ll be civilized about it. When they were finished, and she was alone, she would try to think clearly once more. She would try to figure out what loving Bradley meant.

  Because she was listening for him, she heard him come down the little hall. She reached for the pot to keep her hands busy, and was pouring the coffee when he came in.

  “He give you much trouble?”

  “Not especially. You finish the sewing?”

  “Close enough.” She turned to offer him the mug, and her heart bobbled again. He was barefoot, with the sleeves of his beautiful blue shirt rolled to his elbows. The cuffs of his pants were damp.

  “I know you’re angry with me, and I guess you think you’ve got some reasons to be. I was going to be angry back, and say all these things about running my own life and doing what I promised to do.”

  She ran her hand over the shoulders of the jacket, which she’d draped on the back of a chair. “Since I’ve been thinking about it for a while, I had some pretty good stuff to say. But I just don’t feel like saying it now. So I wish you weren’t angry.”

  “I wish I wasn’t either.” He glanced at the table. “So, are we going to sit down and argue over coffee and cookies?”

  “I don’t think I can argue with you, Bradley, not after you put my boy to bed that way.” Emotion swamped her. “But I’ll listen while you yell at me.”

  “You sure know how to punch the stuffing out of a good fight.” He sat, waited for her to sit across from him. “Let me see your arms.”

  Saying nothing, she pushed up the sleeves of her sweatshirt to reveal the cuts and scratches. When the silence dragged out, she tugged them down again.

  “It was just briars, that’s all,” she said quickly. “I’ve had worse from gardening in my own yard.”

  She stopped, struck to silence by the cold glint in his eyes when they shifted to her face. “It could have been worse. A hell of a lot worse. You were alone, for Christ’s sake. What possessed you to go driving off to West Virginia and tromping around the woods by yourself?”

  “I grew up there, Bradley. I grew up in those woods. It’s not wilderness once you cross the Pennsylvania border.” To give herself something to do, she lit the three-wick candle she’d made for the kitchen table, one that smelled of blueberries. “My mother lives there in the trailer court beside those woods. Simon was very likely conceived in those woods.”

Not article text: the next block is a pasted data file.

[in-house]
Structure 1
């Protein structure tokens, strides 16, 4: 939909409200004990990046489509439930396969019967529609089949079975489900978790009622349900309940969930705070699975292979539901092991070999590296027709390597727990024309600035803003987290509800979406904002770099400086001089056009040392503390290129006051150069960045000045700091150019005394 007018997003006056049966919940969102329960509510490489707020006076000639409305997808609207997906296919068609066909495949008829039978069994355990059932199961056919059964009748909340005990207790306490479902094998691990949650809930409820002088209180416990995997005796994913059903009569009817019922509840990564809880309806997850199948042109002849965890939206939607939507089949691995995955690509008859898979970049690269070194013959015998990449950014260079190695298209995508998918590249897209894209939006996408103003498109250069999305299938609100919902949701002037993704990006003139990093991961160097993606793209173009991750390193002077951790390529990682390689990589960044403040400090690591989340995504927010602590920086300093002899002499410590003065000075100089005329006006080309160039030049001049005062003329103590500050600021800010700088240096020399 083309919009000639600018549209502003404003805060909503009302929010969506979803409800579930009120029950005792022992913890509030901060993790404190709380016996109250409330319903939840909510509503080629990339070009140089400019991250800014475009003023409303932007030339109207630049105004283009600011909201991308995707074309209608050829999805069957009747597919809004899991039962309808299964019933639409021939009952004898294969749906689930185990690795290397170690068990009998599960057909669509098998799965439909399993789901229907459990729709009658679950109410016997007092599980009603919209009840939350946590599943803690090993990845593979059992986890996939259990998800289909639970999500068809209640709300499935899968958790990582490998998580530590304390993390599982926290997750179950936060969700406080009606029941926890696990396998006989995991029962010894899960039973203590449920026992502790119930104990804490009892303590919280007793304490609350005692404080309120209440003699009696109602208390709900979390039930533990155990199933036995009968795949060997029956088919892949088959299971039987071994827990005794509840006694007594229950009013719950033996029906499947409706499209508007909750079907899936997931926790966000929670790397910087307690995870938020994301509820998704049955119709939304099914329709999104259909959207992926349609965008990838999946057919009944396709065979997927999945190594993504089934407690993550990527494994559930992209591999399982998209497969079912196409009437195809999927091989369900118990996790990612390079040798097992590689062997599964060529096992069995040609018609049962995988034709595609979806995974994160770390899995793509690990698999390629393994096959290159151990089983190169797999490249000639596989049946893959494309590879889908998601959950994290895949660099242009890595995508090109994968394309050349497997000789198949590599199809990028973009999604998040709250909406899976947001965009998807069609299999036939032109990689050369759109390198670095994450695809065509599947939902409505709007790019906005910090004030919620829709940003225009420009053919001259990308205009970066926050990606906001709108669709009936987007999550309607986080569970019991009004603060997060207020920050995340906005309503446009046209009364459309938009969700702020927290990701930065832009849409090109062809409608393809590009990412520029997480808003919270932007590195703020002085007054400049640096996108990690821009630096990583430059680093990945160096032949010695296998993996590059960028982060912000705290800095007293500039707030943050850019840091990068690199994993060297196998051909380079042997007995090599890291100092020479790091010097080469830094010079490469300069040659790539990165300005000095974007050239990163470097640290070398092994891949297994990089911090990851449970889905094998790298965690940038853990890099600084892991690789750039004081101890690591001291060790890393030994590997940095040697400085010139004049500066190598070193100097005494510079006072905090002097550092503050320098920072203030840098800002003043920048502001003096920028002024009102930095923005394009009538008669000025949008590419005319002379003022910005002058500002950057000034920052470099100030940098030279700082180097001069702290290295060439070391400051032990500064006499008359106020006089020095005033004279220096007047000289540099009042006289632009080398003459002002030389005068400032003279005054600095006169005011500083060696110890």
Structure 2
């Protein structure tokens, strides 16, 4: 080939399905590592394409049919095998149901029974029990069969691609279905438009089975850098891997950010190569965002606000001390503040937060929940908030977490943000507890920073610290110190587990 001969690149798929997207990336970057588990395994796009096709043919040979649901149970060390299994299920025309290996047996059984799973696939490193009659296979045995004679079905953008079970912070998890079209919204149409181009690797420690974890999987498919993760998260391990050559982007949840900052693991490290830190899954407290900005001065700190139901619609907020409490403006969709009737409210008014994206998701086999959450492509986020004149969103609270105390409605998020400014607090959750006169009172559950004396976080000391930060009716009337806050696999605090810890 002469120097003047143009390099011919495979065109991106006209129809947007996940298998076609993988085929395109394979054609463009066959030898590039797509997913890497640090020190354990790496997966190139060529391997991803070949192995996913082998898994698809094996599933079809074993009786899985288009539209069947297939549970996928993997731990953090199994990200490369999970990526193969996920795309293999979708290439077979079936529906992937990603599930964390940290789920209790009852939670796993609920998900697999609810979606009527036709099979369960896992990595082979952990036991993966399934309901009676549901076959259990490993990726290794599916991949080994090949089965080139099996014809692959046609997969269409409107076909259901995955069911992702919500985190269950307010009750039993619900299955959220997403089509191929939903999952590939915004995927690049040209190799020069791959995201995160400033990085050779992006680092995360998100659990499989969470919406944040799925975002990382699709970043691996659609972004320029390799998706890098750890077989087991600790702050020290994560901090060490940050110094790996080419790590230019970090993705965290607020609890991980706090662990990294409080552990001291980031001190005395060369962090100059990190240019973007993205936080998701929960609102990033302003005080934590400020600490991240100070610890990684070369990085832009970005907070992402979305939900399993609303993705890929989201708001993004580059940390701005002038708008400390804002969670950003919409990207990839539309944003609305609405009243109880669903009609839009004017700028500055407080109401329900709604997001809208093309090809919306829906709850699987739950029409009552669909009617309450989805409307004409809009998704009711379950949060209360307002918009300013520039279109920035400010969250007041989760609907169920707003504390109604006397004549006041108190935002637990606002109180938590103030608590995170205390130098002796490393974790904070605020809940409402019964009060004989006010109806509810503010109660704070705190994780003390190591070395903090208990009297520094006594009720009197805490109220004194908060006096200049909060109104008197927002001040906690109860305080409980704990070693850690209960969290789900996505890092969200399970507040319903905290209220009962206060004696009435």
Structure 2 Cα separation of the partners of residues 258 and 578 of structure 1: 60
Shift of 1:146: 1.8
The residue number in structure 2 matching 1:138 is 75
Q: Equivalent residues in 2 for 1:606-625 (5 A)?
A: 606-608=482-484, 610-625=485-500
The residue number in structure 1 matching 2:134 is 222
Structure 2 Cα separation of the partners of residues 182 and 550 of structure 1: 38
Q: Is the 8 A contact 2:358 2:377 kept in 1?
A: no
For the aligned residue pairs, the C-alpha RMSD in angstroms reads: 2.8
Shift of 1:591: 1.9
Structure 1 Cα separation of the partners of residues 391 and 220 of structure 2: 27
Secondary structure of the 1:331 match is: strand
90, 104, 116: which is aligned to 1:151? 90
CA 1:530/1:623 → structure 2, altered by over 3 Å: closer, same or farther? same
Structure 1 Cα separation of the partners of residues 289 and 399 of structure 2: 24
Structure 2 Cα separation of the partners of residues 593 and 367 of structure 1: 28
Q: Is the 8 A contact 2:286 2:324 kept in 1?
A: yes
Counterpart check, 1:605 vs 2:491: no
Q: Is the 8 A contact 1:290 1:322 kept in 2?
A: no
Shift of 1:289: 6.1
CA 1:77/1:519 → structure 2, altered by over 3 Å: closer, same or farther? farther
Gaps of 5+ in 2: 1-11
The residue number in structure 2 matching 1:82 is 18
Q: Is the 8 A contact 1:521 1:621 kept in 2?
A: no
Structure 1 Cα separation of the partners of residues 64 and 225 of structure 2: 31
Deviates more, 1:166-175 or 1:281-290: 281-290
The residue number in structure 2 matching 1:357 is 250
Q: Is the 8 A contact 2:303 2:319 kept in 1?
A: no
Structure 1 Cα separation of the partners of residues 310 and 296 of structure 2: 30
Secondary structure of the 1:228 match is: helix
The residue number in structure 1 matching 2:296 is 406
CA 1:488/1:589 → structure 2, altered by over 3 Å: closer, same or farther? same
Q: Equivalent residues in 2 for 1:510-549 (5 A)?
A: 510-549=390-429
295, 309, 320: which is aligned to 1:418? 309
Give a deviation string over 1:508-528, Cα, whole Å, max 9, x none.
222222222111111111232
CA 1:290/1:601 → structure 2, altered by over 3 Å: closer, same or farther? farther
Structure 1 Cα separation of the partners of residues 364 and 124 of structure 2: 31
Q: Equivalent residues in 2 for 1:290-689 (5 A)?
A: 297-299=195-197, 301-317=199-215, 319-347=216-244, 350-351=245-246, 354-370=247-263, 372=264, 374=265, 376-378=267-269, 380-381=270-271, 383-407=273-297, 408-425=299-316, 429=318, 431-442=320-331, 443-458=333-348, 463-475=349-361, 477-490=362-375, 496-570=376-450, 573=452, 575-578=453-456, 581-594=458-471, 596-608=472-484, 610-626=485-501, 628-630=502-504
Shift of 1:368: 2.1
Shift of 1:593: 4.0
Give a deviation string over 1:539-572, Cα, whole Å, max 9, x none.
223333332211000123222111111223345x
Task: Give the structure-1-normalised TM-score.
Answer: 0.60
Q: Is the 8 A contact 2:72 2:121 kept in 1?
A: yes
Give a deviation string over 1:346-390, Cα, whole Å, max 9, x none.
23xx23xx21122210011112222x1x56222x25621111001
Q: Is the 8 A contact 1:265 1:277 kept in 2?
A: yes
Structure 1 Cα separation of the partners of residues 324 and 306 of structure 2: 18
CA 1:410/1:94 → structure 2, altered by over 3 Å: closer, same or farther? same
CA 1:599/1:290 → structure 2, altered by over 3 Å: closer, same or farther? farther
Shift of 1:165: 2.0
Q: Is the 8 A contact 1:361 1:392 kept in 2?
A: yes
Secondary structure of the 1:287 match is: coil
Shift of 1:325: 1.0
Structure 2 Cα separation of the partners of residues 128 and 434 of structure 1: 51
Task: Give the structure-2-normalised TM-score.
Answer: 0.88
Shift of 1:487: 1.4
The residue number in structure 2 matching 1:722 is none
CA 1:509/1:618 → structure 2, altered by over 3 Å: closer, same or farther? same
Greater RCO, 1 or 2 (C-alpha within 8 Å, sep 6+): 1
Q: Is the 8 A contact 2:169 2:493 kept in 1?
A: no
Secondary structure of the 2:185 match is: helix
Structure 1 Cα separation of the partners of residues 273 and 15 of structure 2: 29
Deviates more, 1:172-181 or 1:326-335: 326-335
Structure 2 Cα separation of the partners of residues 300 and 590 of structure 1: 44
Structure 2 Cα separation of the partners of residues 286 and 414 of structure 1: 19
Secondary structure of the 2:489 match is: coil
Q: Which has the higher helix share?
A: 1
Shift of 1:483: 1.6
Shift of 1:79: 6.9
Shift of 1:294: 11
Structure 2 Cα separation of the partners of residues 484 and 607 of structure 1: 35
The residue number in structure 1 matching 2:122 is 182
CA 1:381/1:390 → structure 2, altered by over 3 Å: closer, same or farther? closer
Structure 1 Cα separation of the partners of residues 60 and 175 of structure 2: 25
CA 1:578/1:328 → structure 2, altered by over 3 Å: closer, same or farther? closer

“You want to go visit your mother or your childhood stomping grounds, that’s fine. But these are not normal circumstances. You didn’t say a thing to me about going there this morning.”

  “I know I didn’t. If I had, you’d have wanted to go with me, and I didn’t want you to. I’m sorry if that hurts your feelings, but I wanted to go on my own. I needed to.”

  He swallowed the resentment, though it scorched his throat. “You didn’t let Dana or Malory know where you would be either. You took off without telling anyone, and you were attacked.”

  “It didn’t occur to me to tell anyone. That makes you mad,” she said with a nod. “You’ll just have to be mad, then. I made an agreement. I gave my word, and I’m trying to do what I promised to do, and you can’t sit there and tell me you wouldn’t do the same. Going back there this morning was part of that. I think I was supposed to go. I think I needed to.”

  “Alone?”

  “Yes. I’ve got some pride and some shame along with the rest of it. I’m entitled to what I feel, Bradley. Do you think I wanted to take you along, in your Armani suit, to that broken-down trailer?”

  “That’s not fair, Zoe.”

  “No, it’s not fair, but it’s the truth. My mama already thinks I’ve got airs or something. If I’d gone in there with you . . . Well, just look at you.”

  She waved a hand and nearly laughed at the exasperation on his face. “You got rich boy all over you, Bradley, in or out of that Italian jacket.”

  “For Christ’s sake,” was all he could think to say.